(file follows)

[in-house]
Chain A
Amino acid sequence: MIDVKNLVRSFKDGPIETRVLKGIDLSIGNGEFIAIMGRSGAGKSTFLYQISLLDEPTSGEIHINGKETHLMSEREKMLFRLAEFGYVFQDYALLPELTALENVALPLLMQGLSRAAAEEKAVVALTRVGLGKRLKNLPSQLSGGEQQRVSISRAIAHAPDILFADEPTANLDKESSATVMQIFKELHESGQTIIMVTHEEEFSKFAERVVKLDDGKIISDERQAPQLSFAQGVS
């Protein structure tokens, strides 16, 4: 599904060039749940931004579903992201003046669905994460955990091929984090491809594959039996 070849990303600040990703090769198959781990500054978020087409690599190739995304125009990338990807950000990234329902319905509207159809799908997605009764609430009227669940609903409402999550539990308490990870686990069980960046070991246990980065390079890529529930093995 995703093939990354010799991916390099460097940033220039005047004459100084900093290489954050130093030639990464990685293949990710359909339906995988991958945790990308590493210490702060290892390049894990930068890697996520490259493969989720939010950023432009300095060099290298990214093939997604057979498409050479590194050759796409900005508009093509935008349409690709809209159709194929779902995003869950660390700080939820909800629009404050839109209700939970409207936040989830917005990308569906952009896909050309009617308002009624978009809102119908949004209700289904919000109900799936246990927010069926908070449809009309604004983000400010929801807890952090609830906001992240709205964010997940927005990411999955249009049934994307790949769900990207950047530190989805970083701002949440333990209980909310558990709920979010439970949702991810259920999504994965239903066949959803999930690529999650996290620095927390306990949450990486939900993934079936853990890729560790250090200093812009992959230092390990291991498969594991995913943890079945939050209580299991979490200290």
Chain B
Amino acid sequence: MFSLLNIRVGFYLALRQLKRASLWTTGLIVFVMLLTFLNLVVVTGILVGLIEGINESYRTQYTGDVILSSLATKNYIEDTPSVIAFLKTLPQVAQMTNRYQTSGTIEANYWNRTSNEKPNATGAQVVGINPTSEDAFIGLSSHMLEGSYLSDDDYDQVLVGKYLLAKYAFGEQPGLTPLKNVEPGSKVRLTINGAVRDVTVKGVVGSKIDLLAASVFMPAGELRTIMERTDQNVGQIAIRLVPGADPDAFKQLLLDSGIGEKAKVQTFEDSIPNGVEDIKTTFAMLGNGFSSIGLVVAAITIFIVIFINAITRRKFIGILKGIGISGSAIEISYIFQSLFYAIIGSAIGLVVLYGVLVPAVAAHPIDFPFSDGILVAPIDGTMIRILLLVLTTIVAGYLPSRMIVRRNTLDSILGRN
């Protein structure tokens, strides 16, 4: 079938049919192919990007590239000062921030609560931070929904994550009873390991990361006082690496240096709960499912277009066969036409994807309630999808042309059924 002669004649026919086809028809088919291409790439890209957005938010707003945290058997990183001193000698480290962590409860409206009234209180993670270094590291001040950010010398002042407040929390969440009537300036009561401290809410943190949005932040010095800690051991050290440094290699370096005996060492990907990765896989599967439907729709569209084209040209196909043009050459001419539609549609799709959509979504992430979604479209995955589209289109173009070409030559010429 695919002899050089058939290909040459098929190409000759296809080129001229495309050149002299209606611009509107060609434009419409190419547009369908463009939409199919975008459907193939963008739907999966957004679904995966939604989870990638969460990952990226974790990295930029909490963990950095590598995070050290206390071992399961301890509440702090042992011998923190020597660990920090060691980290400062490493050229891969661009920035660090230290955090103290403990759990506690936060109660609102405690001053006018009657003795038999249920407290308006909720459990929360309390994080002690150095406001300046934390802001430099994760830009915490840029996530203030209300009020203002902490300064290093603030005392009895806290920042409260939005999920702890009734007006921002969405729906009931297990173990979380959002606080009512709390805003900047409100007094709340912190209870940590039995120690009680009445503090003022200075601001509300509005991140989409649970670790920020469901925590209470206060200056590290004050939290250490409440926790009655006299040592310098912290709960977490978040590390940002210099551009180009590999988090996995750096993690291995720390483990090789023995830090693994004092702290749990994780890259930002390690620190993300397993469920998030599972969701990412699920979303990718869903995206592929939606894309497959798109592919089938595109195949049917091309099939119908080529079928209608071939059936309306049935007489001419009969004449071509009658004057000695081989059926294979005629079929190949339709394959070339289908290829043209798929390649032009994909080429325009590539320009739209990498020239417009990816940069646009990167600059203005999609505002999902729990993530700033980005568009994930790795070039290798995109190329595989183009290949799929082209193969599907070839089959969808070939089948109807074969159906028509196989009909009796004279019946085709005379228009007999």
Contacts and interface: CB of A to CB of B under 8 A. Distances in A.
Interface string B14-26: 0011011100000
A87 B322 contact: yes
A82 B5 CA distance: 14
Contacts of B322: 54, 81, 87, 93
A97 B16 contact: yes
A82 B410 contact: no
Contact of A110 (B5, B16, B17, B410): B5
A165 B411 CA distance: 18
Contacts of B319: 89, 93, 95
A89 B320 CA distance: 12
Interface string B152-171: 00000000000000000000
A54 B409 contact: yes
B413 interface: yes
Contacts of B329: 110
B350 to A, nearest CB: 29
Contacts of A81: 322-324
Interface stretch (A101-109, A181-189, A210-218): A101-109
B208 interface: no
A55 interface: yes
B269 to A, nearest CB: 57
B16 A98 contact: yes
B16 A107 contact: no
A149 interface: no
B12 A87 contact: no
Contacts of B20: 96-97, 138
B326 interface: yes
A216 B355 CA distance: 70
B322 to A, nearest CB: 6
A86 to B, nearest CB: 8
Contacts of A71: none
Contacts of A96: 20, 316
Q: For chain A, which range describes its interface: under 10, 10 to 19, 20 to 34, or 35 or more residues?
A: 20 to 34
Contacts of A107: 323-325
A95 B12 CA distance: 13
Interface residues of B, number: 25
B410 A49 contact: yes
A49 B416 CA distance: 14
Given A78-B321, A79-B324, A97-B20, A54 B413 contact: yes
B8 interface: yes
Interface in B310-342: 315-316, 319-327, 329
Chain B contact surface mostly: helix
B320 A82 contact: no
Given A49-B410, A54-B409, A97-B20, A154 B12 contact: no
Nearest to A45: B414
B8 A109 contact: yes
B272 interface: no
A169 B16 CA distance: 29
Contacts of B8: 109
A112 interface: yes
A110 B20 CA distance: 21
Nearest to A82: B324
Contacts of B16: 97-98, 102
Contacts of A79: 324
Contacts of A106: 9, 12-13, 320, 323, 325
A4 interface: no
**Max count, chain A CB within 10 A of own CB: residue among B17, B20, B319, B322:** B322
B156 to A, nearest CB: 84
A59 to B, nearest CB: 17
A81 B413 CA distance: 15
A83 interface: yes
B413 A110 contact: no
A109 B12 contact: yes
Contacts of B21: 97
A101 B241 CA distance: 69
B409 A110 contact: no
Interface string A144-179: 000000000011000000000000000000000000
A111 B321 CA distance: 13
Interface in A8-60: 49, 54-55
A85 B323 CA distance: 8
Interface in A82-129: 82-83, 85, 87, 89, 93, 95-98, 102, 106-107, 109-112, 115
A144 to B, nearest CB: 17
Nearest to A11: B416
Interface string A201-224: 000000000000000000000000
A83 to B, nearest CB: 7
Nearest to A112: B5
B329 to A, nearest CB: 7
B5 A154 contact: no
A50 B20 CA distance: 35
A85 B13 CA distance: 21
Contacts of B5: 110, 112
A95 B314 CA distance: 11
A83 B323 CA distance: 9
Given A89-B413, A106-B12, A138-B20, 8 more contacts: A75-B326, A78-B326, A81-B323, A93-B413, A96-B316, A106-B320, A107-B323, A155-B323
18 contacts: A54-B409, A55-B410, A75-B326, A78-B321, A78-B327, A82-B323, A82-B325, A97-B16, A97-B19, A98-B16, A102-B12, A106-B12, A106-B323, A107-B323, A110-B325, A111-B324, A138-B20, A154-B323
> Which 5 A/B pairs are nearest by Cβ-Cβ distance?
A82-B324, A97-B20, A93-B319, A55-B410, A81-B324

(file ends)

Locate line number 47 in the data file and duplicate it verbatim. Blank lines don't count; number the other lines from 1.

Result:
Given A78-B321, A79-B324, A97-B20, A54 B413 contact: yes